- Disciplined process that integrates proprietary earnings based metrics with intensive bottom-up fundamental stock research. Proprietary screenings have an emphasis on consistency and improving company fundamentals incorporating liquidity criteria, market-cap, earnings growth, free cash flow growth generation, balance sheet strength, and reinvestment of capital.
|As of 06/03/2020||Class A||Class C||Class Y|
|Net Asset Value (NAV)||$6.85||$3.84||$7.81|
- The Fund seeks to achieve its investment objectives by investing at least 80% of its net assets under normal circumstances in equity securities which are contained in the MSCI KLD 400 Social Index
- The Adviser applies both fundamental and technical methods in selecting holdings, which includes evaluations based on growth, value, trend, and momentum
- Finally, the managers then use their proprietary market based analysis to hedge the portfolio when appropriate, in order to seek better risk-adjusted returns than the index across a market cycle
Investment returns and principal value will fluctuate so that an investor’s shares when redeemed may be worth more or less than their original cost.
Please consider the investment objectives, risks, charges and expenses of Highland Funds carefully before investing. A prospectus with this and other information about Highland’s mutual funds can be found on the Literature tab above. You may also obtain a prospectus for our mutual funds by calling 877-665-1287. Please read the prospectus carefully before investing.
Securities Market Risk. The value of the securities may go up or down, sometimes rapidly or unpredictably, due to factors affecting particular companies or the securities market generally. A general downturn in the securities market may cause multiple asset classes to decline in value simultaneously, although equity securities generally have greater price volatility than fixed income securities.
Small-Cap Company Risk. The risk that investing in the securities of small-cap companies may pose a greater market and liquidity risks than larger, more established companies, because of limited product lines and/or operating history, limited financial resources, limited trading markets, and the potential lack of management depth. In addition, the securities of such companies are typically more volatile than securities of larger capitalization companies.
Allocation Risk. The risk that Highland may not allocate assets of the Fund among investment management styles in an optimal manner, if among other reasons, it does not correctly assess the attractiveness of an investment style.
Foreign Investment Risk. The risk that investing in foreign (non-U.S.) securities may result in the Fund experiencing more rapid and extreme changes in value than a fund that invests exclusively in securities of U.S. companies, due to smaller markets, differing reporting, accounting and auditing standards, nationalization, expropriation or confiscatory taxation, currency blockages and political changes of diplomatic developments. The cost of investing in many foreign markets are higher than the U.S. and investments may be less liquid.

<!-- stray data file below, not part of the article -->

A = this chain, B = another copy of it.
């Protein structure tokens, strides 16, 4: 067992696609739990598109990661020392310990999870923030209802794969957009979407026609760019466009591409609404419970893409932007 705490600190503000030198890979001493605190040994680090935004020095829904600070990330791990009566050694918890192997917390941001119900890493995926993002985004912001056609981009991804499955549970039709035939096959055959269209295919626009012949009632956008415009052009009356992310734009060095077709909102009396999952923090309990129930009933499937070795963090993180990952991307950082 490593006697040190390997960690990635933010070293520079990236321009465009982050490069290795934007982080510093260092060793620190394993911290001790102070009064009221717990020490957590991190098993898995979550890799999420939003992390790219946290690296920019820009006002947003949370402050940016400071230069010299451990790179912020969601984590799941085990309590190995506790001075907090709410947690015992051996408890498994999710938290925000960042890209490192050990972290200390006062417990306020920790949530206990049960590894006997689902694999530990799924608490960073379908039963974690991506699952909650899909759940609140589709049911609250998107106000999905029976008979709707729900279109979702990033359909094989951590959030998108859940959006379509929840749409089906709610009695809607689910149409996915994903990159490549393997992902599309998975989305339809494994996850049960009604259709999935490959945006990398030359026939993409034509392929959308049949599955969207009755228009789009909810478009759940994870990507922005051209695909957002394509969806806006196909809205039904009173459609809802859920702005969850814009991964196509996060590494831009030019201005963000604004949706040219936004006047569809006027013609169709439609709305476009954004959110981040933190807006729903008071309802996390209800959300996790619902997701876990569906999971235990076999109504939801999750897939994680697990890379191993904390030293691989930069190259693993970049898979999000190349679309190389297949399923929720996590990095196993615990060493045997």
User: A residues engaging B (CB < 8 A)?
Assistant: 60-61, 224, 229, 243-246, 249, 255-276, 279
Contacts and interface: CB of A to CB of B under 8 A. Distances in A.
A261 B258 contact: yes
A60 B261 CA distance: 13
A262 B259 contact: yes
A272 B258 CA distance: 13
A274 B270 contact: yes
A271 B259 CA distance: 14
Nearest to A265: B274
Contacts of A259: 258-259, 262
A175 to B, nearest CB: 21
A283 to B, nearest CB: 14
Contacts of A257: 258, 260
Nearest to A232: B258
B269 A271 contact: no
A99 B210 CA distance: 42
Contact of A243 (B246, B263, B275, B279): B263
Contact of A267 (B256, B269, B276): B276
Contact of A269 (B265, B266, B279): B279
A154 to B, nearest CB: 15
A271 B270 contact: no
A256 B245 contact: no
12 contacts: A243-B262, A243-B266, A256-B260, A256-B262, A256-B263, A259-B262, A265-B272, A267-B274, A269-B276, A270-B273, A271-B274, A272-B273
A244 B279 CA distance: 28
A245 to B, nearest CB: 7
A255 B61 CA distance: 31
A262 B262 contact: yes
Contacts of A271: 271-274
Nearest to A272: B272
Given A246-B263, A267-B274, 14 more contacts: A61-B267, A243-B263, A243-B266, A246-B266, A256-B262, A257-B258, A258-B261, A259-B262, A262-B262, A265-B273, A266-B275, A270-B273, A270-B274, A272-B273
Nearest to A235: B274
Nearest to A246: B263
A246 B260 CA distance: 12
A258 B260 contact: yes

Currency Risk. The risk that the values of foreign investments may be affected by changes in the currency rates or exchange control regulations. If a foreign currency weakens against the U.S. dollar, the value of a foreign investment denominated in that currency would also decline in dollar terms.
Credit Risk. The risk that the Fund could lose money if the issuer or guarantor of a fixed income security, or the counterparty of a derivatives contract or repurchase agreement, is unable or unwilling (or is perceived to be unable or unwilling) to make a timely payment of principal and/or interest, or to otherwise honor its obligations.
Interest Rate Risk. The risk that fixed income securities will decline in value because of changes in interest rates. A fund with a longer average portfolio duration will be more sensitive to changes in interest rates than a fund with a shorter average portfolio duration.
Derivatives Risk. The risk that an investment in derivatives may not correlate completely to the performance of underlying securities and may be volatile, and may result in a loss greater than the principal amount invested. Equity derivatives may also be subject to liquidity risk as well as the risk the derivative may be different than what would be produced through the use of another methodology or if it had been priced using market quotations.
Source: SEI Investments Global Funds Services
Highland Funds’ mutual funds are distributed by NexPoint Securities, Inc., Member FINRA/SIPC